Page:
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Who are those people from Invoker spells lore?

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  • #16
    Guys, whole Invoker's lore is a big joke referencing both how he used to have 27 spells and how some players would just go Tornado + EMP and how it's an iconic "hard" hero for noobs, becaue you need have good quick memory. I wouldn't relate to it so seriously... As for the topic, just the names of 'creators' to make lines sound cool imo, seeing how Invoker makes his spells from combination of 3 orbs, anyone would discover them all by just going trough all the combinations :v

    Sorry I know it's lame to provide arguments like this, but imo Invoker's lore is so not cool for not explaining the orbs in the first place.

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    • #17
      Well, Tarak clearly made the "summon a meteor from space" spell, hence calling it "descent of fire." While Galleron's spell summons a carnesphere from the abyss. A carnesphere. A ball of meat. Behold it.

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      • #18
        It's weird though that he has to have those reagent thingies to cast his spells if he has known so many, and he has only copied them from others'.
        BTW the other spells said in the lore are his 17 other Invoke spells, removed so long ago.

        Is it safe to say Invoker has no originality, even less than Rubick himself who has Spell Steal?
        Because Rubick has his own spells, Telekinesis and Fade Bolt.
        ---
        Waiting for Abyssal Underlord

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        • #19
          Originally posted by Discerner_DeaL View Post
          It's weird though that he has to have those reagent thingies to cast his spells if he has known so many, and he has only copied them from others'.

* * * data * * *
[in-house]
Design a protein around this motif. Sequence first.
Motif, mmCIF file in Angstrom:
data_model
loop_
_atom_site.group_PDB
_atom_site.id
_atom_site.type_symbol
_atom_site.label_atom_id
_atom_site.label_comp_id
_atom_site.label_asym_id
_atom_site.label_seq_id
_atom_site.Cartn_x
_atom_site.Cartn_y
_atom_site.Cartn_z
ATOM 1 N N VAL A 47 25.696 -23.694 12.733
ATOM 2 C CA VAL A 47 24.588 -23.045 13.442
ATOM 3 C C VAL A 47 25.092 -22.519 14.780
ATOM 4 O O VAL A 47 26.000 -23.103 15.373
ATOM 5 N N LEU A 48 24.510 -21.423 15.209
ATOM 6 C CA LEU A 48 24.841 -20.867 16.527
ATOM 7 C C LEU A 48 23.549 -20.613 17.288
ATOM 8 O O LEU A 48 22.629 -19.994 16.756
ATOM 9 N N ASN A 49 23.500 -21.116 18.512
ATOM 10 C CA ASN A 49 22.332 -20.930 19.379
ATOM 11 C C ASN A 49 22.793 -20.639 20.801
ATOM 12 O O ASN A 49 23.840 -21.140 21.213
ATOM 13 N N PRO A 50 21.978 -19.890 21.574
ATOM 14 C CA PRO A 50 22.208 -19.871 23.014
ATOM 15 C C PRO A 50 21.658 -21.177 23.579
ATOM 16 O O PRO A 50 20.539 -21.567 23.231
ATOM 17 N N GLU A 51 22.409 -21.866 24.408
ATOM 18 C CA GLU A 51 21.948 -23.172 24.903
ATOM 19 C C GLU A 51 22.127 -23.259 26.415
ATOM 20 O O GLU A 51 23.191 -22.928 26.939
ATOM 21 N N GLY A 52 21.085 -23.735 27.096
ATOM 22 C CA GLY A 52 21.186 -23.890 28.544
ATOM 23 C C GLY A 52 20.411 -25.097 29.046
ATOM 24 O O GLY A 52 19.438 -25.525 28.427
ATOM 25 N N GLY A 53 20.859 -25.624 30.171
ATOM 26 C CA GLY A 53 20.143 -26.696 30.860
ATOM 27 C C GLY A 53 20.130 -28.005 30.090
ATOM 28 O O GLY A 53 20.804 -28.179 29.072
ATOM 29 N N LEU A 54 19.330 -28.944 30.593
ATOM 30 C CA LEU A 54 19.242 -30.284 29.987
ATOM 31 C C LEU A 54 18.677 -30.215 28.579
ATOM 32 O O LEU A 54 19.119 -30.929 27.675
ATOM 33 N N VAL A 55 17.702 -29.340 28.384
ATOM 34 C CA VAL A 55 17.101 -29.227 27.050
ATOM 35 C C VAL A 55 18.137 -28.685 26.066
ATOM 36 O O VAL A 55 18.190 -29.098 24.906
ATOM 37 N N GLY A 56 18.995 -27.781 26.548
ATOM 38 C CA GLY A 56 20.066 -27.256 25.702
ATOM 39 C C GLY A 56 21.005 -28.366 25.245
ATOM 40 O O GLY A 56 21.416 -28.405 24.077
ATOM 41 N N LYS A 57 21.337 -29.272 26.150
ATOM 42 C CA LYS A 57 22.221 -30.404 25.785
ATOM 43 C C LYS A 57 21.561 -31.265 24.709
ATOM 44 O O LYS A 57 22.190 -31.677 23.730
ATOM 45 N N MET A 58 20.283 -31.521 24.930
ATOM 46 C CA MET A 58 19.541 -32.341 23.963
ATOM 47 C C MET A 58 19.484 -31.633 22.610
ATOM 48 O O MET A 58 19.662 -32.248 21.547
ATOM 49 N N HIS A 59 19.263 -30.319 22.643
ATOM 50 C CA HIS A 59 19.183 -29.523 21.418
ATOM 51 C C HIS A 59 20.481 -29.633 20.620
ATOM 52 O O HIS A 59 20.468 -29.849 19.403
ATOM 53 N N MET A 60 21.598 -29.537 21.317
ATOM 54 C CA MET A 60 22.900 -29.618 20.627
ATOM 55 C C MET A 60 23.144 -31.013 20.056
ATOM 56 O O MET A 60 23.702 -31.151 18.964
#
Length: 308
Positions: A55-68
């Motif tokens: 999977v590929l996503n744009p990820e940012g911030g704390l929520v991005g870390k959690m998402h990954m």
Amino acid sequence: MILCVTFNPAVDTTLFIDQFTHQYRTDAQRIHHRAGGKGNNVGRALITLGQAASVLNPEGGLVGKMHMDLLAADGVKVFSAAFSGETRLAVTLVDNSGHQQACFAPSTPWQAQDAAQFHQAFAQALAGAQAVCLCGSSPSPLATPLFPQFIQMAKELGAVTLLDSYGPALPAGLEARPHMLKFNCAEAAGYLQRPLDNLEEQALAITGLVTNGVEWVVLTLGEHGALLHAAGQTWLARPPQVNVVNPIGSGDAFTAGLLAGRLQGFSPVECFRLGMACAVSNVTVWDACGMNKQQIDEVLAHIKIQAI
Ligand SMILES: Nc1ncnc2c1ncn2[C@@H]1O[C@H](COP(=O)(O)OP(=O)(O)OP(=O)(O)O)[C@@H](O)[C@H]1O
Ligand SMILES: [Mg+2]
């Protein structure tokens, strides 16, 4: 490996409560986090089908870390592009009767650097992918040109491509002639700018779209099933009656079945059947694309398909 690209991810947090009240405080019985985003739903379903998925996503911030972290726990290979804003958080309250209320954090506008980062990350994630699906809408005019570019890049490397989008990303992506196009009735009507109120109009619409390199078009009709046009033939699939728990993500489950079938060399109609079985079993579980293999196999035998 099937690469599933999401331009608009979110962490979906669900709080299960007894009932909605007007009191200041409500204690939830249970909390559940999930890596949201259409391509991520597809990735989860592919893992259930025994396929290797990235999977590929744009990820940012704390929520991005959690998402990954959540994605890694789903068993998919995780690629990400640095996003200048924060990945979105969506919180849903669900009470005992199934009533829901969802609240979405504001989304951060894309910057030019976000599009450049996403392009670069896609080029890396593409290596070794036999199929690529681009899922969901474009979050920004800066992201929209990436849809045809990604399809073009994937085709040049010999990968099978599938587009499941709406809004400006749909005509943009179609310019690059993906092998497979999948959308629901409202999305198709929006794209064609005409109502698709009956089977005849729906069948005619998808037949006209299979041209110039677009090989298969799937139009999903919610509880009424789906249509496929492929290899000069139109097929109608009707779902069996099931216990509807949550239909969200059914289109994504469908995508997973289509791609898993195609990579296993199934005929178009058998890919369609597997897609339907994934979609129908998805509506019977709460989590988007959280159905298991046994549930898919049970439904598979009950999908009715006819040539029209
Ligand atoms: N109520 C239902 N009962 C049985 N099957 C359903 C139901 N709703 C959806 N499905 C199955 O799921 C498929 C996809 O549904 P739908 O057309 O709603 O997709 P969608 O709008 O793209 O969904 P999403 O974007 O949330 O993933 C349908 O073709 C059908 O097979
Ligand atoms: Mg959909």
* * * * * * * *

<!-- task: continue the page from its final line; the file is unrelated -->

BTW the other spells said in the lore are his 17 other Invoke spells, removed so long ago.

          Is it safe to say Invoker has no originality, even less than Rubick himself who has Spell Steal?
          Because Rubick has his own spells, Telekinesis and Fade Bolt.
          We can argue that Quas, Wex and Exort (and Invoke) are Invoker's own spells. While his lore states how difficult it is to learn spells, nothing indicates how exactly the spells are created. Maybe QWE is Invoker's technique that simplifies the process and allows him to memorize more spells than anyone else.

          Or you can say that his vast memory is his uniqueness. Note how Rubick complains about his own memory when a stolen spell disappears:
          http://hydra-media.cursecdn.com/dota...ealends_04.mp3
          http://hydra-media.cursecdn.com/dota...ealends_01.mp3
          http://hydra-media.cursecdn.com/dota...ealends_06.mp3
          http://hydra-media.cursecdn.com/dota...ealends_07.mp3
          Remember, remember the 1st of November

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          • #20
            Originally posted by Keowee View Post
            We can argue that Quas, Wex and Exort (and Invoke) are Invoker's own spells. While his lore states how difficult it is to learn spells, nothing indicates how exactly the spells are created. Maybe QWE is Invoker's technique that simplifies the process and allows him to memorize more spells than anyone else.

            Or you can say that his vast memory is his uniqueness. Note how Rubick complains about his own memory when a stolen spell disappears: